mPEG-PCL from PolySciTech utilized in development of Chrysin-nanoparticle based therapy for lung-cancer

Lung cancer is among the leading causes of cancer-related death worldwide. Chrysin, a natural active flavone, acts to enhance the chemotherapeutic effectiveness of other chemoagents (cisplatin, docetaxel, etc.) against lung cancer. Chrysin’s usability, however, is limited by its very poor water solubility and low bioavailability. Recently, researchers at Duksung Women’s University (Korea) utilized mPEG-PCL from PolySciTech ( (PolyVivo #: AK001) to formulate chrysin-loaded nanoparticles which were found to delay tumor progression in a mouse model. This research holds promised for improved lung-cancer therapy. Read more: Kim, Kyoung Mee, Hyun Kyung Lim, Sang Hee Shim, and Joohee Jung. “Improved chemotherapeutic efficacy of injectable chrysin encapsulated by copolymer nanoparticles.” International Journal of Nanomedicine 12 (2017): 1917.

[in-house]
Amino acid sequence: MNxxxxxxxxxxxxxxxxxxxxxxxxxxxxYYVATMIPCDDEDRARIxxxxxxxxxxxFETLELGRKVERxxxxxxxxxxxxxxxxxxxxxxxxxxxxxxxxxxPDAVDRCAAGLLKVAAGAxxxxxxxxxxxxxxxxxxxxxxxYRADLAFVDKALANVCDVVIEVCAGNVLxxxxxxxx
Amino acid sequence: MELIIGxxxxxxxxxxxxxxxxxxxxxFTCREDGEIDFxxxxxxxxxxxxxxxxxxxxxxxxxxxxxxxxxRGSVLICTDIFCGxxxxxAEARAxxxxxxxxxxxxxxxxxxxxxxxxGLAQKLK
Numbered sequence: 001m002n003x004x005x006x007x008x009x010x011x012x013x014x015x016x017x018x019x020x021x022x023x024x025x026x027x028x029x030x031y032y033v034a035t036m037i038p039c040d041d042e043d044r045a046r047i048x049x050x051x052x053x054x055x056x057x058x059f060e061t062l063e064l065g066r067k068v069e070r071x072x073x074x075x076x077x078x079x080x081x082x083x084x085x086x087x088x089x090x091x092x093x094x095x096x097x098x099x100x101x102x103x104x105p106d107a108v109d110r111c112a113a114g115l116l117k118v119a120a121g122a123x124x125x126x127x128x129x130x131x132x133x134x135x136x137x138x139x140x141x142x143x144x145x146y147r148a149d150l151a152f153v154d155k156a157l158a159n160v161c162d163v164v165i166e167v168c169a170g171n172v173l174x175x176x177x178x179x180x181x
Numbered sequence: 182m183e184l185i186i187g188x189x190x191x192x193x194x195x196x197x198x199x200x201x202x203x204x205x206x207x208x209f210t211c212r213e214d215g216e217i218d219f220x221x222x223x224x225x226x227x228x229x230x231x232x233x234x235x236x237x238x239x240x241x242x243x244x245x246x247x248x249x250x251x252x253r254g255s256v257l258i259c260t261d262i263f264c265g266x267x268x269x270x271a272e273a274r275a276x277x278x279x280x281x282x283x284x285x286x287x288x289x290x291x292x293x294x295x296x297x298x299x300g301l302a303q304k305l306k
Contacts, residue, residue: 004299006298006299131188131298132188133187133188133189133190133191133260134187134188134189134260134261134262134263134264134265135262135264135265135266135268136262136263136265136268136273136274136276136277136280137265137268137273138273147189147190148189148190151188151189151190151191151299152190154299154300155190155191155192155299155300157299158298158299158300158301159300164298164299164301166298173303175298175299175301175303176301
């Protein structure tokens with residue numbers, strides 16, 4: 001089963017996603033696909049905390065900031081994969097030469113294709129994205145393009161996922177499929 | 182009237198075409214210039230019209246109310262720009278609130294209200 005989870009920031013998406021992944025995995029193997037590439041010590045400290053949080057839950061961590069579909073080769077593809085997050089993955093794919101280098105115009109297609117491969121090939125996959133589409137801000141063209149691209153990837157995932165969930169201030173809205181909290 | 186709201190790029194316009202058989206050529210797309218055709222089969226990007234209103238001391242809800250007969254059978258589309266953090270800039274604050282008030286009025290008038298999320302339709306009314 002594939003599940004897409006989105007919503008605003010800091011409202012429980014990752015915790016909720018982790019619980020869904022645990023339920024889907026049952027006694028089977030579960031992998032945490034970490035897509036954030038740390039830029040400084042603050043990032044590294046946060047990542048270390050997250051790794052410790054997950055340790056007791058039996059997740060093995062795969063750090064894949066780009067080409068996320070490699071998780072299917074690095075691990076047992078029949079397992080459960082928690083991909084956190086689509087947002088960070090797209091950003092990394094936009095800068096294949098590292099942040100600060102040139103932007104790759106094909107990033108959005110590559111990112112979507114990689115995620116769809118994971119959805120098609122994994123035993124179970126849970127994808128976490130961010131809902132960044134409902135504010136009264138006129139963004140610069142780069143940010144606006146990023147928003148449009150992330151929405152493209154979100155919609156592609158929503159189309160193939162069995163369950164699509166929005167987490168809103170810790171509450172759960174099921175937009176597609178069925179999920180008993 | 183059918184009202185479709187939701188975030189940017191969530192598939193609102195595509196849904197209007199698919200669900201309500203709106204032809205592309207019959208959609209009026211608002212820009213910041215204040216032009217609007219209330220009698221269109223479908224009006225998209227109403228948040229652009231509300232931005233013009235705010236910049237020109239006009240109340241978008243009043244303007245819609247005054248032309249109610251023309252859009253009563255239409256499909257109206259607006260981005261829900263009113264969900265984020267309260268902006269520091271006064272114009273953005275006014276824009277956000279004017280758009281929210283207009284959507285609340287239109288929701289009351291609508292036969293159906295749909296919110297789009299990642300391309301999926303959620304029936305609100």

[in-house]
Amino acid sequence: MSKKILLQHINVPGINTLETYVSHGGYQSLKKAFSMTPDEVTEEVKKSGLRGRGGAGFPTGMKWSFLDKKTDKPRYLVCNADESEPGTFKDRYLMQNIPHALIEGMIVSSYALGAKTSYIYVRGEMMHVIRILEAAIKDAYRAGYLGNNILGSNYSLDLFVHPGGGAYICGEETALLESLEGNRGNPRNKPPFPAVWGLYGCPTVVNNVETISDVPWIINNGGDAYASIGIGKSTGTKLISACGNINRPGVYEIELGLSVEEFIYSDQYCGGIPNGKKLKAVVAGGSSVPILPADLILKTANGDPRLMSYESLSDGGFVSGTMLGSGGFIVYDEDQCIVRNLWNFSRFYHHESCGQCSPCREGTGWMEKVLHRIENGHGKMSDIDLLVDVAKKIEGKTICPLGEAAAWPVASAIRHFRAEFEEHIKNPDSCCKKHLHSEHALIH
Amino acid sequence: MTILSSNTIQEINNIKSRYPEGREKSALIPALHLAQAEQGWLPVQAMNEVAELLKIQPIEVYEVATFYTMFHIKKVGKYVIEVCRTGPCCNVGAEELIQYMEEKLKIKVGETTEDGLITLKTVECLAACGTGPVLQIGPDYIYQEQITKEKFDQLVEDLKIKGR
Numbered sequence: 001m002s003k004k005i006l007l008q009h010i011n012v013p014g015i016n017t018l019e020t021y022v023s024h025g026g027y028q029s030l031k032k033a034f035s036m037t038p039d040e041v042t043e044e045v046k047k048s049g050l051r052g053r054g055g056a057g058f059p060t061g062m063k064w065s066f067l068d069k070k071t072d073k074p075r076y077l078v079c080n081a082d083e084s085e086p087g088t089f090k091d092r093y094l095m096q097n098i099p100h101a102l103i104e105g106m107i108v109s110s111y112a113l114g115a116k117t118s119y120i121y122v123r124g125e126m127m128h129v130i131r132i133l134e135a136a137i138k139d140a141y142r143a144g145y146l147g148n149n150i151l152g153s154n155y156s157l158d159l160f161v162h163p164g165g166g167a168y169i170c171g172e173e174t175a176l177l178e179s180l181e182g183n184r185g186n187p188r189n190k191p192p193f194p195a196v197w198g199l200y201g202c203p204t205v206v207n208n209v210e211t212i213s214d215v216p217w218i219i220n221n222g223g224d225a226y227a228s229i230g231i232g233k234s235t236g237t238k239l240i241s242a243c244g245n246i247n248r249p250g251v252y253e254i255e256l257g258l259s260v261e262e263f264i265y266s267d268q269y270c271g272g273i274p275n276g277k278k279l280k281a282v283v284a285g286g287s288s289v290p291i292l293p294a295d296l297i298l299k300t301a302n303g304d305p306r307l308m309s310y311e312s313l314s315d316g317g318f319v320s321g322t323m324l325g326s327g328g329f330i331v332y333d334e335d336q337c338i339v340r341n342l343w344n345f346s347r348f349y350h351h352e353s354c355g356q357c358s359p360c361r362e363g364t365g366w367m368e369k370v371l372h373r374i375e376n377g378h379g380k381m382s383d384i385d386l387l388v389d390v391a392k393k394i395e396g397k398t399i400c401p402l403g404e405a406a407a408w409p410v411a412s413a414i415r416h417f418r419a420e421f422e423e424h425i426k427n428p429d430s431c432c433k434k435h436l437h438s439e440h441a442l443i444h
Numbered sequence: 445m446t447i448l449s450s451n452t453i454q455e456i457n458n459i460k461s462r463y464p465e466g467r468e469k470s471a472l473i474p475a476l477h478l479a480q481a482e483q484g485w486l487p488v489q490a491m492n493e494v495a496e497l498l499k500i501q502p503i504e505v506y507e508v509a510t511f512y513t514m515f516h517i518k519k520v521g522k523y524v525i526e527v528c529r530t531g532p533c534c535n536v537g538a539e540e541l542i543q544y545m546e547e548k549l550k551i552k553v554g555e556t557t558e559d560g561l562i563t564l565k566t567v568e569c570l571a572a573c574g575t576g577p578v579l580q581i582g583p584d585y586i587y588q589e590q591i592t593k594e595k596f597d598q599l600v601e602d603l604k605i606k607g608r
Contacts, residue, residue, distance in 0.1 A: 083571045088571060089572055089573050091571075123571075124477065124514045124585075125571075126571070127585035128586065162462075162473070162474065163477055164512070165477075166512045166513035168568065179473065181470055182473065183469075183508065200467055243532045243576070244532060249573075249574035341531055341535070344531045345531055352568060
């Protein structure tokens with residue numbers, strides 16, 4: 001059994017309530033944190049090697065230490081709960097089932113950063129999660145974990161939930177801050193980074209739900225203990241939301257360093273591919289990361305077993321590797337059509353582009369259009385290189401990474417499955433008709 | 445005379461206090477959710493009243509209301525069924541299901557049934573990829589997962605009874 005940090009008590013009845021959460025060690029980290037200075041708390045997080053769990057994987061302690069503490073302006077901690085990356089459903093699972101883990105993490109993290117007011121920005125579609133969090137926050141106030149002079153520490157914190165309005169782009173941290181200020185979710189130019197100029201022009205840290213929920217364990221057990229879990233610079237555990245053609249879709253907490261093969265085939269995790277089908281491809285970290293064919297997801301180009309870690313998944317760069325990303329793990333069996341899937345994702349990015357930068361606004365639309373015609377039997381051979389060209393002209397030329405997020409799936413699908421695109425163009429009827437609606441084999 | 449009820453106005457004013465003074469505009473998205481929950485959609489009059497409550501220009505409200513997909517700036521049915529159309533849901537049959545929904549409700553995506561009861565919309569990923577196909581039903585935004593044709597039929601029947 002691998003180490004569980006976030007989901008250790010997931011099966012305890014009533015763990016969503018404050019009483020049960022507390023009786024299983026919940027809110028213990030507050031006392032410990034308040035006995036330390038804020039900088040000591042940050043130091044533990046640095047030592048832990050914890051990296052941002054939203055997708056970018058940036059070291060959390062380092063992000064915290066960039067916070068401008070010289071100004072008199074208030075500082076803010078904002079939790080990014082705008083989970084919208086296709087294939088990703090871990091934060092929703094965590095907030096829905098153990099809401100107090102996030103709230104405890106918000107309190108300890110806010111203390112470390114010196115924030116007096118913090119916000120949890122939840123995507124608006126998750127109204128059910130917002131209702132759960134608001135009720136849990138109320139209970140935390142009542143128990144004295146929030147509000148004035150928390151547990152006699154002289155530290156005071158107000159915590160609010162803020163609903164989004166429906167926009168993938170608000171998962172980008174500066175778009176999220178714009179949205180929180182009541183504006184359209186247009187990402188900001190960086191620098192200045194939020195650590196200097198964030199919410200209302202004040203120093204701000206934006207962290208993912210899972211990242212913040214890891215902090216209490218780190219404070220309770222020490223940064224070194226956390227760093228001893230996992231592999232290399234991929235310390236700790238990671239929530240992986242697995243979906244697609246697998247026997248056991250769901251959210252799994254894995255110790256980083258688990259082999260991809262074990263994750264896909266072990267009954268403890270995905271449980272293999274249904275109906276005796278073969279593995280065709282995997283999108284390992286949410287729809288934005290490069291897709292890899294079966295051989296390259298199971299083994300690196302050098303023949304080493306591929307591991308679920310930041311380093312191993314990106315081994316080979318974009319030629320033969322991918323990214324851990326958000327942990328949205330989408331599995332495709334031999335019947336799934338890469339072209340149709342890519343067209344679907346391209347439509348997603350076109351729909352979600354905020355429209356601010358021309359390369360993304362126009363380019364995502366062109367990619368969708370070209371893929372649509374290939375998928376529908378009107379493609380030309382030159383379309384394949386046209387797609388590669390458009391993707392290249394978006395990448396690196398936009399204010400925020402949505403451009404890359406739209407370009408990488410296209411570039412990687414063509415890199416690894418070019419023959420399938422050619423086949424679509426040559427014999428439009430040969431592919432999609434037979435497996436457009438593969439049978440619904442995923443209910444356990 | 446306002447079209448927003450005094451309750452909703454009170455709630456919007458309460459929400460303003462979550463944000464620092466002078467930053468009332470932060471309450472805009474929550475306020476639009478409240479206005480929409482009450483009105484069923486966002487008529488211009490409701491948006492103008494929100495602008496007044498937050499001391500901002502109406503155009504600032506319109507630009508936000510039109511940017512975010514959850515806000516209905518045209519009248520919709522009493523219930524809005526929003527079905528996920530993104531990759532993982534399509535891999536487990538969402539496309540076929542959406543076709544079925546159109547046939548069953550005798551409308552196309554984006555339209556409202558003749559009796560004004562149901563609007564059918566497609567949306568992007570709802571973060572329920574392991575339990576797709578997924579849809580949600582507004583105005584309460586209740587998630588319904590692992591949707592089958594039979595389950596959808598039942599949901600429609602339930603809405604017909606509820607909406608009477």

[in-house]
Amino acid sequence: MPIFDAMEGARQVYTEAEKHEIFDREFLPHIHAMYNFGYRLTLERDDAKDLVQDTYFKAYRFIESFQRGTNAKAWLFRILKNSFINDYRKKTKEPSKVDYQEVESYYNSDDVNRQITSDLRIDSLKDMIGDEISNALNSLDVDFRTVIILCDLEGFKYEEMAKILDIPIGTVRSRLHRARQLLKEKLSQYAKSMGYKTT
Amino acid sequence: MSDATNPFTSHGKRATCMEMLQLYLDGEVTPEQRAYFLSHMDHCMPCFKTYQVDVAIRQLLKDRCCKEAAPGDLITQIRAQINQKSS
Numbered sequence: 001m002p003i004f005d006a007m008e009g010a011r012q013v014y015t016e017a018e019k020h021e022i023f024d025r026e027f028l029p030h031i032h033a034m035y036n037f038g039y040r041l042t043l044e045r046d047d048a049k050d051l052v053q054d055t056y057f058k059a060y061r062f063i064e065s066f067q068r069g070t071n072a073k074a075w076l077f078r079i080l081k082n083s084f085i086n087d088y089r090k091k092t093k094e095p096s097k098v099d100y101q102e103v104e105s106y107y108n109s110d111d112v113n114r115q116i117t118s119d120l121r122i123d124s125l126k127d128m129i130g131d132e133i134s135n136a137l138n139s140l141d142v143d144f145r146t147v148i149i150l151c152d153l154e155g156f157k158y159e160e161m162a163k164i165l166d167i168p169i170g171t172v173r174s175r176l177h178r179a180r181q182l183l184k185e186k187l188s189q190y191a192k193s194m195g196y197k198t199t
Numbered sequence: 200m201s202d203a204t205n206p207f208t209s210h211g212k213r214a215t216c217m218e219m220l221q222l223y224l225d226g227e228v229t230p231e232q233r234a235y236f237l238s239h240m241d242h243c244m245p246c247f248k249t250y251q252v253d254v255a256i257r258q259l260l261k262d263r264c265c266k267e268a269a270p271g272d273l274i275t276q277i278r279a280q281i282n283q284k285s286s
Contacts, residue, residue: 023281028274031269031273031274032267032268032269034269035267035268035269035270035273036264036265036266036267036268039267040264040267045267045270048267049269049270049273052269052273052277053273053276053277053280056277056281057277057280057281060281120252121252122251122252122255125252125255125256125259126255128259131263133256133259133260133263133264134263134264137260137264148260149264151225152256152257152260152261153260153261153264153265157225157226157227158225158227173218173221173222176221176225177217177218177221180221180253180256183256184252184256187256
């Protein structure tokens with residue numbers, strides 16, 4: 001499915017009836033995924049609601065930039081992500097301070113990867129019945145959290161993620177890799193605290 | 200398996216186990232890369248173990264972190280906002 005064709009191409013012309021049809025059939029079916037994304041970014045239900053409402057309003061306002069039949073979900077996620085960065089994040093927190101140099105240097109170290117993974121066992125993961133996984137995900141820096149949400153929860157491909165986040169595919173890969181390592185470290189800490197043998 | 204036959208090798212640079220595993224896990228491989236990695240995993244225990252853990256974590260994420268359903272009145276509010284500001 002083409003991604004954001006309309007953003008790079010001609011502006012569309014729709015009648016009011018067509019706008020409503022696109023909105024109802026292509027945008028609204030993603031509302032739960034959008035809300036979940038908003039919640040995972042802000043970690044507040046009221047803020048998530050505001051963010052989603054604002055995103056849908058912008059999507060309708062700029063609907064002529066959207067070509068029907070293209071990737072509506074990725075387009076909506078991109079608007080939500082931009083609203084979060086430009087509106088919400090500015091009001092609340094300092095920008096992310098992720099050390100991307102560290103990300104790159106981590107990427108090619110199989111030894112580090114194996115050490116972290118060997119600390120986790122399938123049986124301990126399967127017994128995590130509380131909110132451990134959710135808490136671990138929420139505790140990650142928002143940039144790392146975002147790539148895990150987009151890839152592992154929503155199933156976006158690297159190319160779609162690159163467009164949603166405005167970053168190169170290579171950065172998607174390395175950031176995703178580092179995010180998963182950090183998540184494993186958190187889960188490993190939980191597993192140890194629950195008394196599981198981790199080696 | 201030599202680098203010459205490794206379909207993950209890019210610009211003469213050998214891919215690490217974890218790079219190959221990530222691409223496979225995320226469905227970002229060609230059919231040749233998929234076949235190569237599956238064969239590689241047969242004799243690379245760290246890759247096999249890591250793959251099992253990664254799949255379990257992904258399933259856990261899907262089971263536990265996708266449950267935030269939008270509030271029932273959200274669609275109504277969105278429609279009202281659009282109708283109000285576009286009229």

“Abstract: Chrysin is a flavone that is found in several plants and in honeycomb and possesses various biological activities. However, its low solubility means it has poor bioavailability, which must be resolved to enable its pharmaceutical applications. In the present study, chrysin was incorporated into methoxy poly(ethylene glycol)-β-polycaprolactone nanoparticles (chrysin-NPs) using the oil-in-water technique in order to overcome problems associated with chrysin. The properties of chrysin-NPs were analyzed, and their anticancer effects were investigated in vitro and in vivo. Chrysin-NPs were 77 nm sized (as determined by dynamic laser light scattering) and showed a monodisperse distribution. The zeta potential of chrysin-NPs was −2.22 mV, and they were spherically shaped by cryo-transmission electron microscopy (cryo-TEM). The loading efficiency of chrysin-NPs was 46.96%. Chrysin-NPs retained the cytotoxicity of chrysin in A549 cells. The therapeutic efficacies of chrysin-NPs were compared with those of chrysin in an A549-derived xenograft mouse model. Chrysin-NPs were intravenously injected at a 10 times lower dosage than chrysin 3 times per week (q2d×3/week). However, free chrysin was orally administrated 5 times per week (q1d×5/week). Chrysin-NP-treated group showed significant tumor growth delay, which was similar to that of chrysin-treated group, despite the considerably lower total dosage. These results suggest that the injectable chrysin-NPs enhance therapeutic efficacy in vivo and offer a beneficial formulation for chemotherapy. Keywords: chrysin, nanoparticle, chemotherapeutic efficacy, non-small-cell lung cancer, in vivo model. Nanoparticle preparation method: Chrysin (Sigma-Aldrich, St Louis, MO, USA) was incorporated into copolymer NPs using an oil-in-water technique (Figure 1). mPEG–β-polycaprolactone copolymer (mPEG-PCL, 50 mg; 2,000:5,200 Da; PolySciTech, West Lafayette, IN, USA) and 5 mg of chrysin were dissolved in a dichloromethane (Duksan reagent, Gyeonggi-do, Korea) and methanol mixture (Duksan reagent; v/v, 1.5:1). This solution (2.5 mL) was added to a 1% aqueous polyvinyl alcohol solution (6 mL) and was emulsified by sonification for 1 min. The solvent was removed by evaporation under stirring to produce NPs. To remove polyvinyl alcohol and surplus free chrysin, the supernatant was collected after centrifugation (14,000 rpm) twice at room temperature for 1 h.”

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